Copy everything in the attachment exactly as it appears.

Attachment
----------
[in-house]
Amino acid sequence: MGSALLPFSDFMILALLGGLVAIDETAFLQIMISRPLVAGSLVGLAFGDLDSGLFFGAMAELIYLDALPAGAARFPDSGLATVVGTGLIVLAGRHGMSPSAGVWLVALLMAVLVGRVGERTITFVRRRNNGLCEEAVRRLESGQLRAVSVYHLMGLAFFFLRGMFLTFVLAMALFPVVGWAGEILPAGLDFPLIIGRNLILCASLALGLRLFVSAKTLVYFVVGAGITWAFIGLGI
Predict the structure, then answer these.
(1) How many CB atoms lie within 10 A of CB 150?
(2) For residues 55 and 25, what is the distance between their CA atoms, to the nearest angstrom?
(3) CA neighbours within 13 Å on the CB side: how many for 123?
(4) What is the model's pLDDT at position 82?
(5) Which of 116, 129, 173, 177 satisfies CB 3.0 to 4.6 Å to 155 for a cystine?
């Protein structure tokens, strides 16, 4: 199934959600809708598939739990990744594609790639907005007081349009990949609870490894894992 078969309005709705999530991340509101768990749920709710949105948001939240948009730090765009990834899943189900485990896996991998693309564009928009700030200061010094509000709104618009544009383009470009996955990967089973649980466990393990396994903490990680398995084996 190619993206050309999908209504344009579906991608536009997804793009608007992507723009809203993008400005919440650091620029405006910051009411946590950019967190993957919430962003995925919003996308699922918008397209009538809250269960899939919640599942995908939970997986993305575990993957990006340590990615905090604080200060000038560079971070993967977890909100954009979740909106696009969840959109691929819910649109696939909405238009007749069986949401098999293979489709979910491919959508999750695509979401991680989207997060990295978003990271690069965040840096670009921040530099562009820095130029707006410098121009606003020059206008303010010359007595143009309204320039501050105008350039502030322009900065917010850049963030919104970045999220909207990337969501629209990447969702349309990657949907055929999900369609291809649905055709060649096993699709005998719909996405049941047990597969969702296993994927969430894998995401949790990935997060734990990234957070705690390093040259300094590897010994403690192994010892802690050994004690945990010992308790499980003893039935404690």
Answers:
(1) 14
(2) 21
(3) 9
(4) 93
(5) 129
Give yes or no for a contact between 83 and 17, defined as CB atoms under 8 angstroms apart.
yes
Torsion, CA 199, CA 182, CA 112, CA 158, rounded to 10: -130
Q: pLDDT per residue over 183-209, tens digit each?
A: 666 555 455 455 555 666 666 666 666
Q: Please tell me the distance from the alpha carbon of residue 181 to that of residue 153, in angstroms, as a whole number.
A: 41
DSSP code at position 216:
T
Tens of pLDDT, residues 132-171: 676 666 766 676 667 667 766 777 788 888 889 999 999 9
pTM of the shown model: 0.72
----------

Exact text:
[in-house]
Amino acid sequence: MGSALLPFSDFMILALLGGLVAIDETAFLQIMISRPLVAGSLVGLAFGDLDSGLFFGAMAELIYLDALPAGAARFPDSGLATVVGTGLIVLAGRHGMSPSAGVWLVALLMAVLVGRVGERTITFVRRRNNGLCEEAVRRLESGQLRAVSVYHLMGLAFFFLRGMFLTFVLAMALFPVVGWAGEILPAGLDFPLIIGRNLILCASLALGLRLFVSAKTLVYFVVGAGITWAFIGLGI
Predict the structure, then answer these.
(1) How many CB atoms lie within 10 A of CB 150?
(2) For residues 55 and 25, what is the distance between their CA atoms, to the nearest angstrom?
(3) CA neighbours within 13 Å on the CB side: how many for 123?
(4) What is the model's pLDDT at position 82?
(5) Which of 116, 129, 173, 177 satisfies CB 3.0 to 4.6 Å to 155 for a cystine?
């Protein structure tokens, strides 16, 4: 199934959600809708598939739990990744594609790639907005007081349009990949609870490894894992 078969309005709705999530991340509101768990749920709710949105948001939240948009730090765009990834899943189900485990896996991998693309564009928009700030200061010094509000709104618009544009383009470009996955990967089973649980466990393990396994903490990680398995084996 190619993206050309999908209504344009579906991608536009997804793009608007992507723009809203993008400005919440650091620029405006910051009411946590950019967190993957919430962003995925919003996308699922918008397209009538809250269960899939919640599942995908939970997986993305575990993957990006340590990615905090604080200060000038560079971070993967977890909100954009979740909106696009969840959109691929819910649109696939909405238009007749069986949401098999293979489709979910491919959508999750695509979401991680989207997060990295978003990271690069965040840096670009921040530099562009820095130029707006410098121009606003020059206008303010010359007595143009309204320039501050105008350039502030322009900065917010850049963030919104970045999220909207990337969501629209990447969702349309990657949907055929999900369609291809649905055709060649096993699709005998719909996405049941047990597969969702296993994927969430894998995401949790990935997060734990990234957070705690390093040259300094590897010994403690192994010892802690050994004690945990010992308790499980003893039935404690």
Answers:
(1) 14
(2) 21
(3) 9
(4) 93
(5) 129
Give yes or no for a contact between 83 and 17, defined as CB atoms under 8 angstroms apart.
yes
Torsion, CA 199, CA 182, CA 112, CA 158, rounded to 10: -130
Q: pLDDT per residue over 183-209, tens digit each?
A: 666 555 455 455 555 666 666 666 666
Q: Please tell me the distance from the alpha carbon of residue 181 to that of residue 153, in angstroms, as a whole number.
A: 41
DSSP code at position 216:
T
Tens of pLDDT, residues 132-171: 676 666 766 676 667 667 766 777 788 888 889 999 999 9
pTM of the shown model: 0.72